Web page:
07/02/2013 - June 24, 2013: A Good Day for Employers Defending Against Title VII Claims - The U.S. Supreme Court Issues Two Significant Victories
In 2012, more than 99,000 charges of discrimination were filed with the U.S. Equal Employment Opportunity Commission. Of these charges, 31,208 of them alleged retaliation under Title VII of the Civil Rights Act of 1964 (“Title VII”). On June 24, 2013, the United States Supreme Court issued two much-anticipated employment law rulings, both of which are beneficial to employers confronted with these charges.
01/24/2013 - Social Media Law Reporter Guest Article: Top Five Issues to Watch in 2013
Social media touches a variety of different areas of individuals’ lives. It allows people to easily stay in touch with family and friends across the world, follow their favorite celebrity’s random thoughts expressed in 140 characters or less, and receive coupons from stores by ‘‘liking’’ or reposting certain information. In fact, it is hard for anyone with access to a computer or other mobile device to avoid being involved in social media in some way.
06/27/2011 - Texas Employees Receive New Gun Rights
As of September 1, 2011, most Texas employers cannot prohibit employees from possessing guns in their locked, personal vehicles on employers’ premises.
04/18/2011 - Fifth Circuit Rules Harassment Claims Not Viable Under USERRA
On March 22, 2011, the Fifth Circuit ruled that the Uniformed Services Employment and Reemployment Rights Act (“USERRA”) does not support a cause of action for hostile work environment. This is the first ruling from any Circuit Court regarding the issue.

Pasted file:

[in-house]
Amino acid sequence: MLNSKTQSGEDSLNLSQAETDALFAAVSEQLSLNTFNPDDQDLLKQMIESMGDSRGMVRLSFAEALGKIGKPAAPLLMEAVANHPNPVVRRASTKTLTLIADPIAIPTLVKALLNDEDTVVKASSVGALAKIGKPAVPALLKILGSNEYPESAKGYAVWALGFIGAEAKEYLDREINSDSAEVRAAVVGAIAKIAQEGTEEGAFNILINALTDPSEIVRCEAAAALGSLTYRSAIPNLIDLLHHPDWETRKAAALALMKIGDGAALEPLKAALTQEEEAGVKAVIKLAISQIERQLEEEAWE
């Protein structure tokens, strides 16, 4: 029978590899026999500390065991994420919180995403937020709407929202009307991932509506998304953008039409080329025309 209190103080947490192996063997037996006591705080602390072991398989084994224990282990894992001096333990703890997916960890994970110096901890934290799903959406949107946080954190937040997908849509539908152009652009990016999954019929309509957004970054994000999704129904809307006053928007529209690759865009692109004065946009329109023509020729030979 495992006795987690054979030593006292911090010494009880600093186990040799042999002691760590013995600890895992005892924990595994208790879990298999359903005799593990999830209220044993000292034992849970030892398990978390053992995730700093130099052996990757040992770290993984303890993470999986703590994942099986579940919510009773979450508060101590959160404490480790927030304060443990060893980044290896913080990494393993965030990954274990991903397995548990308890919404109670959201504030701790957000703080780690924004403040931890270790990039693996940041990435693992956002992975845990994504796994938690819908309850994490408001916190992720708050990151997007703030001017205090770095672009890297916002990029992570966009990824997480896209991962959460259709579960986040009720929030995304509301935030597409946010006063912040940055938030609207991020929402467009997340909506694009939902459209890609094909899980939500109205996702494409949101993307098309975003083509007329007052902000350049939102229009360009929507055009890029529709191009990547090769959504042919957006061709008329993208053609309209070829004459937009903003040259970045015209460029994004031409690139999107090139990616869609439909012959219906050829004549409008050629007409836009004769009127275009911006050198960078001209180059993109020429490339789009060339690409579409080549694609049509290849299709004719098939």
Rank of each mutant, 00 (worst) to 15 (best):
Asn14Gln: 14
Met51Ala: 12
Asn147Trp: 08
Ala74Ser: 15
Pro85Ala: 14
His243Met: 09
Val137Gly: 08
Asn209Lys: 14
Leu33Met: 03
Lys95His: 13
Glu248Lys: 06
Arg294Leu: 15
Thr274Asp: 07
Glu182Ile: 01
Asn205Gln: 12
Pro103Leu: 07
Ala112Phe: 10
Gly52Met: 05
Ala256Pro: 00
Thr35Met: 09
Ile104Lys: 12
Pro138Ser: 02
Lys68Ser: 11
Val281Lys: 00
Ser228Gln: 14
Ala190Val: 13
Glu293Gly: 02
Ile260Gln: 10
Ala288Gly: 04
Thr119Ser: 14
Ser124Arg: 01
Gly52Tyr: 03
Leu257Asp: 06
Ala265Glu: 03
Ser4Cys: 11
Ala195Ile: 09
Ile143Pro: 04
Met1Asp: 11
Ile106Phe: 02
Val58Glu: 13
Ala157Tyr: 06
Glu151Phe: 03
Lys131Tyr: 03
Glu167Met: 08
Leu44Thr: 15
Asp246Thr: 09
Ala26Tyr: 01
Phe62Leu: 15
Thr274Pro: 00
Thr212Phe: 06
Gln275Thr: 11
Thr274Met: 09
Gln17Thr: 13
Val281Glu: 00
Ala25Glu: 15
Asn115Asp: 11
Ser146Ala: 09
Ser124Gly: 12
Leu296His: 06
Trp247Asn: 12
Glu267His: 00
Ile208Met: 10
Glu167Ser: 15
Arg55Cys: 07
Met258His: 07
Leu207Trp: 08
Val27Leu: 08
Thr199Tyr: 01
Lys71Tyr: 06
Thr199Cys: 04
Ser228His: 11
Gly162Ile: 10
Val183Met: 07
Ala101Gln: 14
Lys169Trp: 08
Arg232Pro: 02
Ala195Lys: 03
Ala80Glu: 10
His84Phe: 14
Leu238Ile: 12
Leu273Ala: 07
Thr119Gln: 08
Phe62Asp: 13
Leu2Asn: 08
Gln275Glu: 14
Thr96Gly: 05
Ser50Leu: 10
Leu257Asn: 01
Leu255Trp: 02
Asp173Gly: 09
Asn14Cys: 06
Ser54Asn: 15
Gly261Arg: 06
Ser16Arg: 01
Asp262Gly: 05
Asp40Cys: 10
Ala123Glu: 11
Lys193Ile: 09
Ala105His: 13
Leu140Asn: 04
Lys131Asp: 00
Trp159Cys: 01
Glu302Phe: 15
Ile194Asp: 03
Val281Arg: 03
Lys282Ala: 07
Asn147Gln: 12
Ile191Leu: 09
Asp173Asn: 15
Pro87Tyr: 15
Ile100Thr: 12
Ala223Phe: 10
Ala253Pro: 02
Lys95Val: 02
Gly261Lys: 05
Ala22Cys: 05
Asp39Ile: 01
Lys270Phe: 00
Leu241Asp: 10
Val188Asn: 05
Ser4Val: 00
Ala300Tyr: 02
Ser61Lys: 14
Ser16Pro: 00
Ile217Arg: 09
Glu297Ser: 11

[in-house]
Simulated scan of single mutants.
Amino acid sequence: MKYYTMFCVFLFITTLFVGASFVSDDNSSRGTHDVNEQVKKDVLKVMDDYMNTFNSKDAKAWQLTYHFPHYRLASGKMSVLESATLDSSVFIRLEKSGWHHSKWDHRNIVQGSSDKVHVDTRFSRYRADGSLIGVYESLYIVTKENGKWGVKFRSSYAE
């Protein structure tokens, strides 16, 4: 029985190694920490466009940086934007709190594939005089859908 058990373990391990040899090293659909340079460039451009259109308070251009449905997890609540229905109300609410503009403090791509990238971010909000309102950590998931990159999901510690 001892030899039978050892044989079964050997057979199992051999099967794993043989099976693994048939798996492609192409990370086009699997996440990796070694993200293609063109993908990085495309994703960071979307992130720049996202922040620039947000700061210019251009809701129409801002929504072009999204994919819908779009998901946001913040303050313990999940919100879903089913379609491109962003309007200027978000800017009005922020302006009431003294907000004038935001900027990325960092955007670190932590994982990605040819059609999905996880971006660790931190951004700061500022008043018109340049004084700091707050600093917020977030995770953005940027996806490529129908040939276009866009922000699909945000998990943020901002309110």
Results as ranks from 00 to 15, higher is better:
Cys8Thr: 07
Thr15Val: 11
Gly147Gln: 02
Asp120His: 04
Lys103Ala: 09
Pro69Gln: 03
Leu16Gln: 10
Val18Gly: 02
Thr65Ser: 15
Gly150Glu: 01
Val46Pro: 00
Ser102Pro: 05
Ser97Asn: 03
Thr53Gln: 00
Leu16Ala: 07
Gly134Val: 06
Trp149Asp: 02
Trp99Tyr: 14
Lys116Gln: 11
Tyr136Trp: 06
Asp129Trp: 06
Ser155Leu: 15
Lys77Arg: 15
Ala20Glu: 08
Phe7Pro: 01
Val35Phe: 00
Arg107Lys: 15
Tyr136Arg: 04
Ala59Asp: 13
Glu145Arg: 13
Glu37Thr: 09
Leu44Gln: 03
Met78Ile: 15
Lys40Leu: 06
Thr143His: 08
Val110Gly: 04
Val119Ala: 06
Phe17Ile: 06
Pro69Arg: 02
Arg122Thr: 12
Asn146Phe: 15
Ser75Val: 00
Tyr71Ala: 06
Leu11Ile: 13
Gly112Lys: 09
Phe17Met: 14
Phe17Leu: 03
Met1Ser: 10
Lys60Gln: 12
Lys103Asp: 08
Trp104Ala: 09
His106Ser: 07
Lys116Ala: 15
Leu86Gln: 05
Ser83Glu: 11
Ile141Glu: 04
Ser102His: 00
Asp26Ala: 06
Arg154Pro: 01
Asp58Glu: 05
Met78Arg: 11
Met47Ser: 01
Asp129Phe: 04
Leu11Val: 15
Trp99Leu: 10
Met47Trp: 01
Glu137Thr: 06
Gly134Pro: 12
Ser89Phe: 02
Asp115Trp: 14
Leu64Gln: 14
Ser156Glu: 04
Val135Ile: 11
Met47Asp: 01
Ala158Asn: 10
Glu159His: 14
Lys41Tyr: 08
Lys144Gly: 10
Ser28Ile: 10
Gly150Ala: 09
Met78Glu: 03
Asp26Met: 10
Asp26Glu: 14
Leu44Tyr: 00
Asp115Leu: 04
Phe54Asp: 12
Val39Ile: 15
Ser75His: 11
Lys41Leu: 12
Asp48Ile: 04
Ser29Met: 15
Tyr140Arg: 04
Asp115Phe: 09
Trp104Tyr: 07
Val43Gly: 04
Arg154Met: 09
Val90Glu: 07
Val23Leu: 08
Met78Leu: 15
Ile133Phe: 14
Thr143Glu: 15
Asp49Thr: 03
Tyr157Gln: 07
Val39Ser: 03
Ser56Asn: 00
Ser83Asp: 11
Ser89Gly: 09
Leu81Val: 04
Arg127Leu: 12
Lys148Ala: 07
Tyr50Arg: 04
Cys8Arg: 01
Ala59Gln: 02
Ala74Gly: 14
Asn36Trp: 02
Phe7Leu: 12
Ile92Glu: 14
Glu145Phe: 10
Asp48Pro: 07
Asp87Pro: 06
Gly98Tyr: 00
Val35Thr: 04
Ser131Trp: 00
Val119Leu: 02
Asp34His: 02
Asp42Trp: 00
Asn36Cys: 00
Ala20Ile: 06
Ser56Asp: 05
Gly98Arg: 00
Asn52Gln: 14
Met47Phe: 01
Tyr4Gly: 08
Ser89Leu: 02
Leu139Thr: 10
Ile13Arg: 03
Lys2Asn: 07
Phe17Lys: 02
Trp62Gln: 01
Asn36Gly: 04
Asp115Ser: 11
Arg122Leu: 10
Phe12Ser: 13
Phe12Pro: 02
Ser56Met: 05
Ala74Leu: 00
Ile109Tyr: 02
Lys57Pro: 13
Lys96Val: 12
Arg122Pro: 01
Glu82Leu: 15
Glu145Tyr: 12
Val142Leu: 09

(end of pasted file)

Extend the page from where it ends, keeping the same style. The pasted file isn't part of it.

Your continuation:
04/14/2011 - The EEOC Issues Final Regulations Implementing the ADAAA
On September 25, 2008, former President George W. Bush signed the ADA Amendments Act of 2008 (the “ADAAA” or the “Act”) into law, broadening the definition of “disability” under the Americans with Disability Act (“ADA”).
03/24/2011 - Flights of Fancy: The Supreme Court Delineates What Complaints the FLSA Protects
According to an old Russian Proverb, “A spoken word is not a sparrow. Once it flies out, you can’t catch it.” Applying this to the employment context, if an employee verbally complains that his employer is violating the FLSA, is the employee protected from retaliation? Deciding a split among the circuit courts, the Supreme Court answered the question affirmatively, eliminating the need for a net: the FLSA protects employees who file oral complaints.
03/09/2011 - Employers’ Cat’s Paw Liability: Watch Out for the Monkey Business of Supervisors
In a case decided last week, Staub v. Proctor Hospital,
a unanimous United States Supreme Court finally addressed the application of the “cat’s paw” theory of liability to employment discrimination claims, holding that an employer can be liable for an employment action motivated by a non-decision maker’s discriminatory animus.
02/22/2011 - OSHA 2010 and 2011: A Review of OSHA’s Expanded Enforcement Initiatives in 2010 and the Outlook for 2011
The business community has been placed on notice. OSHA has been actively pursuing its regulatory agenda, while also arming its arsenal to enforce compliance.
02/15/2011 - Supreme Court Again Expands Retaliation Protection
Consistent with its retaliation decisions over the past five years, the United States Supreme Court has revisited and expanded the scope of protection from retaliation under Title VII. In an 8-0 decision issued January 24, 2011, the high court expanded the scope of Title VII’s anti-retaliation provision by concluding that in certain situations, the statute allows an employee who has not personally engaged in protected activity to lodge a retaliation claim under the statute.
07/29/2010 - Litigating Arbitration Agreements: Recent United States Supreme Court Decisions Provide Guidance to Employers Looking to Avoid Court
Despite entering into arbitration agreements with their employees, employers all too often find themselves in court adverse to the very employees who have signed an arbitration agreement. The U.S. Supreme Court recently issued three arbitration decisions that have important implications for employers seeking to avoid the inside of a courtroom.